Freezer Tricks to Save Time and Money

By Temma Ehrenfeld and Sherry Baker @temmaehrenfeld
June 15, 2023
Freezer Tricks to Save Time and Money

Your freezer can save time and money in ways that may surprise you. Here are some freezer tricks for your budget and schedule, some for more than just food.

Many people use freezers strictly for ice, liquid packs for emergencies, and frozen dinners and bags of vegetables. But you can also use your freezer to save time and money.

Your freezer is far more versatile than you realize. Exposing a variety of objects to freezing temperatures can have benefits ranging from pest control to stocking foods for longer.


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Non-food freezer benefits

Your child sneezing while holding a stuffed toy can be a sign of dust mites. Putting stuffed toys in the freezer for 24 hours will kill the mites.

If you find gum stuck to clothing, try putting it in your freezer for several hours, until the gum is frozen and you can pop it off. 

Dampen a pair of new tights or panty hose, then put them in a plastic bag. Place the bag in the freezer for 24 hours, remove it, and let the stockings thaw for a day. They may be less likely to run.

Put a candleholder with caked-on wax in the freezer. It will be easy to remove the wax after a couple of hours.

Some types of woodworms are so tiny their presence may not be obvious except for tiny holes they make in wood. If you buy an antique wooden bowl, spoon, or small statue, don’t assume tiny holes are from age. To be sure you aren’t bringing woodworms into your home, put the object in a freezer bag, and keep it in your freezer for two weeks. The cold should kill both the worms and their larvae.

If you use pencil eyeliner as part of your make-up routine, your pencil may break easily when it’s sharpened. That can waste quite a lot of the product over time. If you freeze your eyeliner pencils for an hour before you sharpen them, you’ll get a good point that doesn’t break as you sharpen it.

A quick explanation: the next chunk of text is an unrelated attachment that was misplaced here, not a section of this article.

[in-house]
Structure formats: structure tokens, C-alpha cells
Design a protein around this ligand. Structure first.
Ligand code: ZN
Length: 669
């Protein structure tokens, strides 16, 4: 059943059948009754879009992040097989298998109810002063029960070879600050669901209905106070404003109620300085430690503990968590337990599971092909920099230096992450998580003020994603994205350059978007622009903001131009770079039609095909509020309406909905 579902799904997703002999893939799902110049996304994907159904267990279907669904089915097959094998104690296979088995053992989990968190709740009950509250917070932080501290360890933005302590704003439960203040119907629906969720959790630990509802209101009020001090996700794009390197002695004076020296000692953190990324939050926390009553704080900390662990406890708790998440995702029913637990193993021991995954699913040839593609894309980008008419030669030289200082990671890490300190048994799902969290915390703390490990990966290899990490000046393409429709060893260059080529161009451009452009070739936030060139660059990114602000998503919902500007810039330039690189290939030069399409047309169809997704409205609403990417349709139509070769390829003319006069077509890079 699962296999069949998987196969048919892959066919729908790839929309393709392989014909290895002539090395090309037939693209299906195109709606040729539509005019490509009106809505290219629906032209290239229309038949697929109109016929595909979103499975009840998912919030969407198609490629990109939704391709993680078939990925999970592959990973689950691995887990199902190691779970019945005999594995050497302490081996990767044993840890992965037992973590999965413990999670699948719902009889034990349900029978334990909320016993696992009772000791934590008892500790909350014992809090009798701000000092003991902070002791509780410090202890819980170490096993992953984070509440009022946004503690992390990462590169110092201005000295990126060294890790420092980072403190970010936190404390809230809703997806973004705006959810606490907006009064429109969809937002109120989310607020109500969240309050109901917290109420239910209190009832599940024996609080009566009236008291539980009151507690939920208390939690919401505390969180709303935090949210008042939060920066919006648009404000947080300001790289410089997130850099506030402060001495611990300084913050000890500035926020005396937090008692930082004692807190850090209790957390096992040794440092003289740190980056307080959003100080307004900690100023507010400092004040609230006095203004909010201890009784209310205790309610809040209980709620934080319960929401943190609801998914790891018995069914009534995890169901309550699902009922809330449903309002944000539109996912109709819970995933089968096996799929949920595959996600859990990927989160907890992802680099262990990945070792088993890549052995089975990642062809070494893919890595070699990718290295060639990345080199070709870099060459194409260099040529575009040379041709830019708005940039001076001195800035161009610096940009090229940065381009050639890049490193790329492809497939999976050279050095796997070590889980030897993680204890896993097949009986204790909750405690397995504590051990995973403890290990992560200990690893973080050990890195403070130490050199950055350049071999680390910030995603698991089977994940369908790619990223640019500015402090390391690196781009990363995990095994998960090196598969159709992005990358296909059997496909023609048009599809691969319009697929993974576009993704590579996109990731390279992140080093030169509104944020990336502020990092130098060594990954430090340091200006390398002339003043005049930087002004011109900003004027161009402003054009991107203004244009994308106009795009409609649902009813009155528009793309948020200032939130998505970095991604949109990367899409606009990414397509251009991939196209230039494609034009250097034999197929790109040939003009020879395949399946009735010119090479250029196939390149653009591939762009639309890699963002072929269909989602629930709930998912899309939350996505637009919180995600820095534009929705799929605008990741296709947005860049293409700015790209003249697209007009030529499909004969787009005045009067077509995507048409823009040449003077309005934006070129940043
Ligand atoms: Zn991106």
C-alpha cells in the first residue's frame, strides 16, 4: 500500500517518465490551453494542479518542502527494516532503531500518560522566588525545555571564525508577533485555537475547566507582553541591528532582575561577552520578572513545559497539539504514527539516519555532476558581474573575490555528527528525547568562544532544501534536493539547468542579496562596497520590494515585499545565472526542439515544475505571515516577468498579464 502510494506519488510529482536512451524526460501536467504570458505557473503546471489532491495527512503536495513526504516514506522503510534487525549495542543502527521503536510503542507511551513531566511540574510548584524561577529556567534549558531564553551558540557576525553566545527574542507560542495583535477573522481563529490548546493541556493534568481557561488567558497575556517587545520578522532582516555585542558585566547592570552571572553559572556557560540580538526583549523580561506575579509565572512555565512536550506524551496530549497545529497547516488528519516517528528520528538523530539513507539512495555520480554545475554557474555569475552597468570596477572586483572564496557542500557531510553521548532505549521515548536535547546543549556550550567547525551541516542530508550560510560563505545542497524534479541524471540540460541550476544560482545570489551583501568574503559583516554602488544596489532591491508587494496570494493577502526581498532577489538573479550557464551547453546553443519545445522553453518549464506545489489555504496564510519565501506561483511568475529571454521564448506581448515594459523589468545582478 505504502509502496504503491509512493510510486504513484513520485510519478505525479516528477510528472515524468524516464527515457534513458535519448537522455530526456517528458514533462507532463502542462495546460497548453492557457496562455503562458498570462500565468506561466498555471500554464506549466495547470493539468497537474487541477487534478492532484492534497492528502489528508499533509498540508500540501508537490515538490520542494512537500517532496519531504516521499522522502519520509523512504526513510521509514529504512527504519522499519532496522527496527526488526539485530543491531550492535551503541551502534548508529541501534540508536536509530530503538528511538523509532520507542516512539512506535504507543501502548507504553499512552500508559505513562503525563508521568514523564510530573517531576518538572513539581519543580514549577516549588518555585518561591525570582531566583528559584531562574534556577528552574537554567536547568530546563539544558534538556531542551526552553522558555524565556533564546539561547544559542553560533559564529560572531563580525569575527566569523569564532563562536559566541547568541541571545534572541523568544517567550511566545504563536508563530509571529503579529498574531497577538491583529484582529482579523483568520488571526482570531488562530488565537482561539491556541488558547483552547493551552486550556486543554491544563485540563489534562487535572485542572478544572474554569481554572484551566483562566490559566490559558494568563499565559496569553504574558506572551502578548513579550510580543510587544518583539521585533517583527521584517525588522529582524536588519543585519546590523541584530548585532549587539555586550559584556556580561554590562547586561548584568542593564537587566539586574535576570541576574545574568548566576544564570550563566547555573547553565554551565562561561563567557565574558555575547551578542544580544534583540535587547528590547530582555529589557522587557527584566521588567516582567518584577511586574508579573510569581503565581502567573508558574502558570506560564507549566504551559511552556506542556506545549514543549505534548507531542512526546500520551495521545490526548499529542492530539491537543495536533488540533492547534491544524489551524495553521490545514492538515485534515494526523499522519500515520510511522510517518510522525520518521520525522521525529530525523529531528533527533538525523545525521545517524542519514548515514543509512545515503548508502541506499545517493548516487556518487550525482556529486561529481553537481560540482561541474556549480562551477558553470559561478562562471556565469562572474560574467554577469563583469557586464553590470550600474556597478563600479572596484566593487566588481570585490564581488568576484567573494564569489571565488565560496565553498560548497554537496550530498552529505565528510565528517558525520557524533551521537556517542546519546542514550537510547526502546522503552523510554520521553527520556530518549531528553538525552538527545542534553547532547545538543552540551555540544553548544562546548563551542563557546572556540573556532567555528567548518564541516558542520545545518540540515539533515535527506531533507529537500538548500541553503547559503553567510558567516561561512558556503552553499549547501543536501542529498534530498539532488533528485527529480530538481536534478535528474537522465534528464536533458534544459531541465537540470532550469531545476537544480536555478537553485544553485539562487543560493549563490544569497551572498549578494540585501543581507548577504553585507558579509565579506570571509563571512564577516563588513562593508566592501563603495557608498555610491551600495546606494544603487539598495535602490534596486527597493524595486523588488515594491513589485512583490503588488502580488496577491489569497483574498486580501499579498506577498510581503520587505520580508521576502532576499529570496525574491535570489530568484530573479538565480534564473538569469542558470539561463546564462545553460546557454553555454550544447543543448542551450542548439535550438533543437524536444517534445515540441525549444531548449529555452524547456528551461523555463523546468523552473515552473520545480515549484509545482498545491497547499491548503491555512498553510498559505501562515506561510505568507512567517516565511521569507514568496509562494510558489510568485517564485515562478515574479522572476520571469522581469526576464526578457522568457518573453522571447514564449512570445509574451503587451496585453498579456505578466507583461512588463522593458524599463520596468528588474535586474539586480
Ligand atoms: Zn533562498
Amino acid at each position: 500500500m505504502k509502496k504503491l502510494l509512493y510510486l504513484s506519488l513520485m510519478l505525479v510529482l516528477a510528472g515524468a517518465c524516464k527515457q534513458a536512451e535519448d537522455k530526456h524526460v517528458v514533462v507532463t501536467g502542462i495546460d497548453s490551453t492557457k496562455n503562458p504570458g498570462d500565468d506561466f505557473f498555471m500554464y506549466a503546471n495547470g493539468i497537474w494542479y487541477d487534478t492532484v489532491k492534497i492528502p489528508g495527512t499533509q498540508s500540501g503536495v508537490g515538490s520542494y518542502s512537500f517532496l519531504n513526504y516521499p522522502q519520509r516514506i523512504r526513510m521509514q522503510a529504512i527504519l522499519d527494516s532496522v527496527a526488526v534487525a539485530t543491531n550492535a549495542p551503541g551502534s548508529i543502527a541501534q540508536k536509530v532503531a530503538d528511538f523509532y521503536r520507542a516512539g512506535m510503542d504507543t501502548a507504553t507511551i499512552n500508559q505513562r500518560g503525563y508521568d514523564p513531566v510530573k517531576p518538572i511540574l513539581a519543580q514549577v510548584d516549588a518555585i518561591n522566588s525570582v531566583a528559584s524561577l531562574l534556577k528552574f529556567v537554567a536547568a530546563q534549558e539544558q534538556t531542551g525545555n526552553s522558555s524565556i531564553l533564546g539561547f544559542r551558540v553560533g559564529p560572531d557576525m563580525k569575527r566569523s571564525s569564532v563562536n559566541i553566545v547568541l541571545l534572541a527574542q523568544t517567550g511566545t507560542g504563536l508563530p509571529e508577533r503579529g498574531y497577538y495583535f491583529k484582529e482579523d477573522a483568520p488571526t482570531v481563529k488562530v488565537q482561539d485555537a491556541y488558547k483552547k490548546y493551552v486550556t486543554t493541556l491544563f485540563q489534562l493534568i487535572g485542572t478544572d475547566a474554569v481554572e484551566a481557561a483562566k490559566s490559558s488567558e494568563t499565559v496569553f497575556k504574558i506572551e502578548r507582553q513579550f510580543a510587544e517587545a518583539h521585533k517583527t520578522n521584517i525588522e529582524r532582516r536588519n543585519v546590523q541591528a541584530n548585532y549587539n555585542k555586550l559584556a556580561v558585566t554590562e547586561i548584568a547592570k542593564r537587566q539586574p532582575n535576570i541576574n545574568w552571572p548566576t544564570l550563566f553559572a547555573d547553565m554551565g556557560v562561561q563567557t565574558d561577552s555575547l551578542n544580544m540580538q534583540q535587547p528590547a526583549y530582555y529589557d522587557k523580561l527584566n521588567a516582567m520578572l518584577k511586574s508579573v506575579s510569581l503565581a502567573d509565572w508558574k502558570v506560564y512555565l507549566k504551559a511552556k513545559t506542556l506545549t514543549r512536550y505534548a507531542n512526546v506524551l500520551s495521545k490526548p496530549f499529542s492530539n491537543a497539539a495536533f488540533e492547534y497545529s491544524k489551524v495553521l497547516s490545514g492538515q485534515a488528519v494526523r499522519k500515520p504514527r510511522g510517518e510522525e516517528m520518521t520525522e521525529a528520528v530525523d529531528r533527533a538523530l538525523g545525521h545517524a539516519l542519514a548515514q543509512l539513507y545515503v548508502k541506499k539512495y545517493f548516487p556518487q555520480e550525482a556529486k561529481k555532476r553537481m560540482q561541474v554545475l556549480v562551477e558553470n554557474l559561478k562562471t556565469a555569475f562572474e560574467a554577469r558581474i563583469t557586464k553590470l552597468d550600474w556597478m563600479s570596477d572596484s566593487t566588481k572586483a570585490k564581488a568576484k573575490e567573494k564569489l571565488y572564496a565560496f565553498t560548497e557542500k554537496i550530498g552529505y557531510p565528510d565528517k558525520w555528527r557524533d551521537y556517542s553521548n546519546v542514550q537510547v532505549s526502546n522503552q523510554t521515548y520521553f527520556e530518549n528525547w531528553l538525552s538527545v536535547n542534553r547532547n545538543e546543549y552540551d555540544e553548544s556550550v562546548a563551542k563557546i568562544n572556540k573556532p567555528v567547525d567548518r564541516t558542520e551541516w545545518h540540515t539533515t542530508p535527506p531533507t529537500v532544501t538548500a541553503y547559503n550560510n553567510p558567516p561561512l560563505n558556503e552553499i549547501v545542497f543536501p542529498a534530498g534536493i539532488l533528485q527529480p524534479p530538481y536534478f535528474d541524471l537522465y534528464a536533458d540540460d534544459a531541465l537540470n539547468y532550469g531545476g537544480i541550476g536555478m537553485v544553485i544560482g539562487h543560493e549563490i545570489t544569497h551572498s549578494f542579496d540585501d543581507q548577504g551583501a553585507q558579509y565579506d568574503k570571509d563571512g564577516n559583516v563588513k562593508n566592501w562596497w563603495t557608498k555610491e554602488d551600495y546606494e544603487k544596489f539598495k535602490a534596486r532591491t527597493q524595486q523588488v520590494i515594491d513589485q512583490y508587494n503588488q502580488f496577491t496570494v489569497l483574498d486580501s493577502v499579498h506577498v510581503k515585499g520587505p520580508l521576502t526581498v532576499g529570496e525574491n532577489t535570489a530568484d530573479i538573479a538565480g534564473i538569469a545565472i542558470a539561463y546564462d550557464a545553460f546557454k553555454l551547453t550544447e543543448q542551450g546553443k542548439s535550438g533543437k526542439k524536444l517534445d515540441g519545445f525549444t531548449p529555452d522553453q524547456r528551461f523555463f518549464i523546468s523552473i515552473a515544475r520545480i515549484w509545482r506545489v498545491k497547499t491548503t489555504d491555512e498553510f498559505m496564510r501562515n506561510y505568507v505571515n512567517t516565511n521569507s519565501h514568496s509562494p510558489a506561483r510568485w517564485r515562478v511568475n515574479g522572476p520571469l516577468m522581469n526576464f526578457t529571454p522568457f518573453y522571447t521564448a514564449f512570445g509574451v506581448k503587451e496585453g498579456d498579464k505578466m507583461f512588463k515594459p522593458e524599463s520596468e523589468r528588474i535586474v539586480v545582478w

Tips on smart freezer food usage

When you’re freezing leftover dinners, put portions in plastic bags and flatten them. That will make food easier to stack in your freezer and defrost faster. You can make the portions smaller if you’re dieting or freezing portions for more than one person.

Always label the food; you can attach a label and write on it with a black marker. Include the date and the name or description of the food.

Freeze green or red grapes. Add them to drinks as non-diluting ice-cubes. Frozen lemon and lime slices also make good ice-cube substitutes. 

Make coffee ice cubes to put into tepid coffee for iced coffee.

Freeze chunks of ripe bananas and then whip them in food processor. Add shaved dark chocolate or dark chocolate chips for a quick dessert.

You can save many other foods you never think to freeze. That includes:

  • Cupcakes and loaf cakes
  • Ripe avocados
  • Butter and margarine
  • Hard cheeses
  • Soft bread
  • Skim milk
  • Chopped herbs
  • Nuts (in a freezer bag)
  • Baked or roasted or mashed potatoes

You can use leftover red and white wine for cooking, as long as you put it into a non-glass container.  

It’s important never to take chances with food safety. If it smells or looks “off,” dispose of it immediately. Here are some basics about how long you can usually keep frozen food fresh.


  • Meats attached to bones or whole chickens: six months
  • Sausages, chicken breasts, meatballs, steaks, and burgers: three months
  • Dishes containing cooked meat, for example, curries and casseroles: two months

Fish and seafood

  • White fish, such as haddock and cod, cooked or raw: three months
  • Oily fish, such as mackerel and salmon, and smoked fish, cooked or raw: two months
  • Seafood, cooked or raw: one month


  • Milk: one month
  • Salted butter: three months
  • Unsalted butter: six months
  • Double cream (whip with a little sugar first): three months
  • Hard cheese (cheddar, Cheshire, Parmesan): three months
  • Soft cheese (Brie, Camembert, goat’s cheese): three months


  • Most vegetables (peas, beans, sweet corn, broccoli, cauliflower): eight months
  • Root vegetables (carrots, parsnips): 10 months
  • Mushrooms: three months
  • Cooked tomatoes: four months
  • Potatoes: three months
  • Celery, onions, leeks: six months

Most fresh vegetables need to be blanched — scalded in boiling water for 1 to 2 minutes, cooled under cold water, and dried — before they are frozen, to remove dirt and bacteria and preserve taste, texture, and color.


  • Unsweetened, uncooked fresh fruit (such as raspberries, grapes, gooseberries, banana slices): four months
  • Fruit stewed with sugar (such as apples, plums, pears, blackberries, apricots, strawberries): eight months
  • Uncooked citrus fruit (whole, sliced, grated rind, or juice): 10 months


  • Pita, naan, bagels: one month
  • Crusted bread: two weeks


  • Cupcakes, loaf cakes: four months
  • Pastries (croissants, hot cross buns): three months


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June 15, 2023

Reviewed By:  

Janet O’Dell, RN